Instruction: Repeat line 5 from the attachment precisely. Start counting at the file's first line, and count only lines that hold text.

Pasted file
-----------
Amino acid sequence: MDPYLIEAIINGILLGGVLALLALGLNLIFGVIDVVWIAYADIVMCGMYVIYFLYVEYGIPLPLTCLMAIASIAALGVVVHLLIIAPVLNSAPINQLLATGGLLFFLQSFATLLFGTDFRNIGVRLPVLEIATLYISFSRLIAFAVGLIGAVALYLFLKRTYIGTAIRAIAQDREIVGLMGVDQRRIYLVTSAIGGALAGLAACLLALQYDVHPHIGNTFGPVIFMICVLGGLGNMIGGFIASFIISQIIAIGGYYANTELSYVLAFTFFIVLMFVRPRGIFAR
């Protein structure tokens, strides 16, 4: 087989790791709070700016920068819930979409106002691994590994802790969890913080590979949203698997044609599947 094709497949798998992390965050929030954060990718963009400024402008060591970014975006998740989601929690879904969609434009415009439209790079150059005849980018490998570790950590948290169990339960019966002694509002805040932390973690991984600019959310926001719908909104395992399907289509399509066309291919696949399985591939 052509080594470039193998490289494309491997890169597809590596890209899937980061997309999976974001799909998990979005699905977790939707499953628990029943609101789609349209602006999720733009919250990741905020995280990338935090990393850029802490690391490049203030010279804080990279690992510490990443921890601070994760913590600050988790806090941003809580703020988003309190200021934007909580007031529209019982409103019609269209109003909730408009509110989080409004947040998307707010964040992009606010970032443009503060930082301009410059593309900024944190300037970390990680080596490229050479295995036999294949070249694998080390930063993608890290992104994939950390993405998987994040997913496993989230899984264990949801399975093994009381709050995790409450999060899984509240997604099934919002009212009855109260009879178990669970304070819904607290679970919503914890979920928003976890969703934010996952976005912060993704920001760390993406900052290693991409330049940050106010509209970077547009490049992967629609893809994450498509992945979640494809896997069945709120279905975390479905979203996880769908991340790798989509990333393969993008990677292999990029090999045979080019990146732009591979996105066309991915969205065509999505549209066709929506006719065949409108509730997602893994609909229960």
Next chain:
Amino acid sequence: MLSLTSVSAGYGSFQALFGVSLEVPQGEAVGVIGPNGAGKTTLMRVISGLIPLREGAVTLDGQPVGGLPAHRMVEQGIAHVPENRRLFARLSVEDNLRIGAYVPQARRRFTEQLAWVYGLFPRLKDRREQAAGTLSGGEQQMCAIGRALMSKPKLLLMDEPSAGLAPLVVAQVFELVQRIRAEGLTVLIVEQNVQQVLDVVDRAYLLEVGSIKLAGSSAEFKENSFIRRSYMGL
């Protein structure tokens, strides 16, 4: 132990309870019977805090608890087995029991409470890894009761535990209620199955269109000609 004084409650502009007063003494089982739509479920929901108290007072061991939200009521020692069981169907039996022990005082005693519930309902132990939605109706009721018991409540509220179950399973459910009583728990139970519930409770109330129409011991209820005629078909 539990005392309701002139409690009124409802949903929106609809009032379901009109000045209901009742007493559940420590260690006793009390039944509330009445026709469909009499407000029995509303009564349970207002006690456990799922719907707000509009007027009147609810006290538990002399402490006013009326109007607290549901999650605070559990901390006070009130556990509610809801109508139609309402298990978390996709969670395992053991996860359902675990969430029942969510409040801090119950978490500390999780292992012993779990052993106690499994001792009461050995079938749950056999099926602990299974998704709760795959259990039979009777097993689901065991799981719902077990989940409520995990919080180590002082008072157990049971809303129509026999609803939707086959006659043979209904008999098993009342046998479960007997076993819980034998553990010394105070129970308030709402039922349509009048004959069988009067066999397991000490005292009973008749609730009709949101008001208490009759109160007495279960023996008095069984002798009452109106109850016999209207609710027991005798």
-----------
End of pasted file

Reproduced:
């Protein structure tokens, strides 16, 4: 132990309870019977805090608890087995029991409470890894009761535990209620199955269109000609 004084409650502009007063003494089982739509479920929901108290007072061991939200009521020692069981169907039996022990005082005693519930309902132990939605109706009721018991409540509220179950399973459910009583728990139970519930409770109330129409011991209820005629078909 539990005392309701002139409690009124409802949903929106609809009032379901009109000045209901009742007493559940420590260690006793009390039944509330009445026709469909009499407000029995509303009564349970207002006690456990799922719907707000509009007027009147609810006290538990002399402490006013009326109007607290549901999650605070559990901390006070009130556990509610809801109508139609309402298990978390996709969670395992053991996860359902675990969430029942969510409040801090119950978490500390999780292992012993779990052993106690499994001792009461050995079938749950056999099926602990299974998704709760795959259990039979009777097993689901065991799981719902077990989940409520995990919080180590002082008072157990049971809303129509026999609803939707086959006659043979209904008999098993009342046998479960007997076993819980034998553990010394105070129970308030709402039922349509009048004959069988009067066999397991000490005292009973008749609730009709949101008001208490009759109160007495279960023996008095069984002798009452109106109850016999209207609710027991005798």